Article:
Step index (SI) single-mode optical fibres are known. These fibres have a zero dispersion point in the spectral region around 1300 nm and have a positive dispersion per unit wavelength, of approximately 17-18 ps/(nm·km), for signals with wavelengths in the band between approximately 1530 nm and approximately 1560 nm.
Optical fibres with a shifted zero chromatic dispersion point, or DS (dispersion shifted) fibres, are known. The optical characteristics of DS fibres are designed so that they shift the zero chromatic dispersion point to a wavelength in the region between 1500 and 1600 nm, which is commonly used for telecommunications.
Fibres of this kind are defined in ITU-T Recommendation G.653 of March 1993, in which it is specified that the chromatic dispersion of the fibre is cancelled nominally at a wavelength λ0 of 1550 nm, with a tolerance of 50 nm with respect to this value.
DS fibres are described, for example, in U.S. Pat. Nos. 4,715,679, 4,822,399, and 4,755,022 and are marketed by Corning (USA) under the trade name SMF/DS™ and by Fibre Ottiche Sud (Italy) under the trade name SM DS.
In the framework of the present application the terms “dispersion shifted fibre” will indicate, in general, a single-mode optical fibre having a relatively low dispersion in the third telecommunication window in comparison with standard SI fibres, i.e., a fibre having a zero dispersion wavelength λ0 in the region between 1450 and 1650 nm.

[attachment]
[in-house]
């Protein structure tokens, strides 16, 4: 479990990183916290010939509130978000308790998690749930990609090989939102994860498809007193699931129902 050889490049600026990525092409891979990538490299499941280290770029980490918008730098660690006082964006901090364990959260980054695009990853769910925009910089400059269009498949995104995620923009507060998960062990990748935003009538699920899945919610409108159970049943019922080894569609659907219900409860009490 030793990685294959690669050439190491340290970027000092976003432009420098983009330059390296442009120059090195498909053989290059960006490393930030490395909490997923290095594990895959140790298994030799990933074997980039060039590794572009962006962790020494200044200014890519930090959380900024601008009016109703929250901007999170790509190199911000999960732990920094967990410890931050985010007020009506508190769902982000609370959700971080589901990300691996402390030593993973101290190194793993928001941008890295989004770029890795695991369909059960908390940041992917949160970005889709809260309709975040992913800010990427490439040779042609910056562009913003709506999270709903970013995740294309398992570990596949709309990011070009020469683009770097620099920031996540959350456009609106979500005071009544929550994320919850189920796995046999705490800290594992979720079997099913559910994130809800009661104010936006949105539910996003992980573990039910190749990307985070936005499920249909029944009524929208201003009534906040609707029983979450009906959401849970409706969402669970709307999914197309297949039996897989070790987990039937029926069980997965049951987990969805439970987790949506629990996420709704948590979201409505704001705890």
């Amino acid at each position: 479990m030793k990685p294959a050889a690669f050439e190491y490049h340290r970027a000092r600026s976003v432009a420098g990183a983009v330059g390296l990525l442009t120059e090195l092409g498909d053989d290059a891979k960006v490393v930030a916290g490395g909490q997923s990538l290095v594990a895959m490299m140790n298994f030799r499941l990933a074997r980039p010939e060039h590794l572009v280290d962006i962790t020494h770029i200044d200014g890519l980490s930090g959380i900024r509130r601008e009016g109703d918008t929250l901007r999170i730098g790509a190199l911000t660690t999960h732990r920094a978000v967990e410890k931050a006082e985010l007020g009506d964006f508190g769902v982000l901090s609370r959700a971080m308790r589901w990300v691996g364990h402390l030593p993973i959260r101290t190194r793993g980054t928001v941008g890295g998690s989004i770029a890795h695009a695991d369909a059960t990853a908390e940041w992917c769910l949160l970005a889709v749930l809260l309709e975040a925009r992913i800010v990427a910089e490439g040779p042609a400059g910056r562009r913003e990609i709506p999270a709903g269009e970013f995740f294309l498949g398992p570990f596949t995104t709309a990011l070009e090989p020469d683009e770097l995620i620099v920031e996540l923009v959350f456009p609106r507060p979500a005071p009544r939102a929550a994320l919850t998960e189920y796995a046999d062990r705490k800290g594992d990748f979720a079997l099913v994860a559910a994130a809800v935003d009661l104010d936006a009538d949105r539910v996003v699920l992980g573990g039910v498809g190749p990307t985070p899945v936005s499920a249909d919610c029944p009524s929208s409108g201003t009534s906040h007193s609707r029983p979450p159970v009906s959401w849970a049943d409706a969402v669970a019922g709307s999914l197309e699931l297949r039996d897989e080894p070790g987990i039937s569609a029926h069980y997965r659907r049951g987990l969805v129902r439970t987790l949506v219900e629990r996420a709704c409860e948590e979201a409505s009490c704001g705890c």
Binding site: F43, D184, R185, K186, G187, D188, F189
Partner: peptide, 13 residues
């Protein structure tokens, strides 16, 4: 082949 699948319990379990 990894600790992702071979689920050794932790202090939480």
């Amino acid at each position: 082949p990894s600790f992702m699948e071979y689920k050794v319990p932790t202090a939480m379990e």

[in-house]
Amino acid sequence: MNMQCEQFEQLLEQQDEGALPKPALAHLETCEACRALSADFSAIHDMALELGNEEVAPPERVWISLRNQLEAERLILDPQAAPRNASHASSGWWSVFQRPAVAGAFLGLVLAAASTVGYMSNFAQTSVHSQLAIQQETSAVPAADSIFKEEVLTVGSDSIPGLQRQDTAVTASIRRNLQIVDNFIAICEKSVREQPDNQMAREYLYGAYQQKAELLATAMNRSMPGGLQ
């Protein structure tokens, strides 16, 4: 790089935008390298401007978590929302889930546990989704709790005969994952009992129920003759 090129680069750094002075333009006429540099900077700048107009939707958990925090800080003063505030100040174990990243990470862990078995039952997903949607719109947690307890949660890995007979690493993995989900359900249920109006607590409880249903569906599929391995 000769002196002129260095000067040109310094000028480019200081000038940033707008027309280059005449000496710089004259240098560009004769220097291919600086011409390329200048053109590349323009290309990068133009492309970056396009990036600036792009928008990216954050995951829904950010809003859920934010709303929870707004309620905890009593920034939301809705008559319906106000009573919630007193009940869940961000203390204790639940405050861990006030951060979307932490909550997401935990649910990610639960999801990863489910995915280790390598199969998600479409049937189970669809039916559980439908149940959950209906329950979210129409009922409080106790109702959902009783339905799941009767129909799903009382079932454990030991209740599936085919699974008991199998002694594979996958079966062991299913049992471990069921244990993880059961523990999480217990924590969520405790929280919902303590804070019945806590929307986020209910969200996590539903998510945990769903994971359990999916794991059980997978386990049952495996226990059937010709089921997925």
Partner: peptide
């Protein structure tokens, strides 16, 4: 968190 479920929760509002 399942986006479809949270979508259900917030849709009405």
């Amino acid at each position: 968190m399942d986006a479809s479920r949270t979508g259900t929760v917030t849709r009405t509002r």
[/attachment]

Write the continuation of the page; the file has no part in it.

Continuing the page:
It is known that high values of chromatic dispersion, for example in the case of intercontinental optical communication lines, with lengths of the order of many thousands of kilometers, must be suitably compensated to permit correct reception of the signals.
For example, in the presence of lines with positive dispersion, negative dispersion optical fibres of the type described in the patents U.S. Pat. No. 5,361,319 or U.S. Pat. No. 5,448,674 or in the patent application JP 1-295,207 may be used.
Other examples of dispersion compensators are optical fibre Bragg filters in with variable pitch (chirped), for example of the type described in the article by F. Ouellette published in Optics Letters, Vol. 12, No. 10, pp. 847-849, in October 1987, or in U.S. Pat. No. 4,953,939.
However, it is considered that compensation is not necessary in the presence of a chromatic dispersion of limited extent, for example of less than 1500 ps/nm, such as that which accumulates in SI fibre spans with a length of less than approximately 80 km, or in DS fibre spans with a length of up to 1000 km.